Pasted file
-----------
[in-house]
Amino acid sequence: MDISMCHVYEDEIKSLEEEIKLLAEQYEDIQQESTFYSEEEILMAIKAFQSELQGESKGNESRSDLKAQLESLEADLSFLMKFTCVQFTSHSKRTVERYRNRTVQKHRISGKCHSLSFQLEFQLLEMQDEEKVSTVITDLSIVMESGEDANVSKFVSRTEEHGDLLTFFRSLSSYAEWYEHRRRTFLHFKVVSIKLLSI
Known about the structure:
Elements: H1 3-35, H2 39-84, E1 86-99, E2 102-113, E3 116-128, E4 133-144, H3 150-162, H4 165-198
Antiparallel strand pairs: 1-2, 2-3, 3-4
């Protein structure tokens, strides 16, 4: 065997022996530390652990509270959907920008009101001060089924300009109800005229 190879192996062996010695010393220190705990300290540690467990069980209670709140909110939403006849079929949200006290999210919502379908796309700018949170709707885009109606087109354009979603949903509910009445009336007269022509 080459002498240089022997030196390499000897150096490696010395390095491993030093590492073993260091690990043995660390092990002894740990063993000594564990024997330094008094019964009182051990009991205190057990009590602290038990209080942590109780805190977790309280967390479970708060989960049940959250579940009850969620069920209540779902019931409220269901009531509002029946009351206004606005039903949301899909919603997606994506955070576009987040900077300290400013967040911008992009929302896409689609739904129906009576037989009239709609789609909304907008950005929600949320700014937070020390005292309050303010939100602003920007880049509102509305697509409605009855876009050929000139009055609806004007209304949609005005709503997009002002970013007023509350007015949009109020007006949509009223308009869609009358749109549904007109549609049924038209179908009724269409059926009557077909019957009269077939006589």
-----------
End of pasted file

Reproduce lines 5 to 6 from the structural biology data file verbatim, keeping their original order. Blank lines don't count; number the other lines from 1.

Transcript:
Antiparallel strand pairs: 1-2, 2-3, 3-4
């Protein structure tokens, strides 16, 4: 065997022996530390652990509270959907920008009101001060089924300009109800005229 190879192996062996010695010393220190705990300290540690467990069980209670709140909110939403006849079929949200006290999210919502379908796309700018949170709707885009109606087109354009979603949903509910009445009336007269022509 080459002498240089022997030196390499000897150096490696010395390095491993030093590492073993260091690990043995660390092990002894740990063993000594564990024997330094008094019964009182051990009991205190057990009590602290038990209080942590109780805190977790309280967390479970708060989960049940959250579940009850969620069920209540779902019931409220269901009531509002029946009351206004606005039903949301899909919603997606994506955070576009987040900077300290400013967040911008992009929302896409689609739904129906009576037989009239709609789609909304907008950005929600949320700014937070020390005292309050303010939100602003920007880049509102509305697509409605009855876009050929000139009055609806004007209304949609005005709503997009002002970013007023509350007015949009109020007006949509009223308009869609009358749109549904007109549609049924038209179908009724269409059926009557077909019957009269077939006589």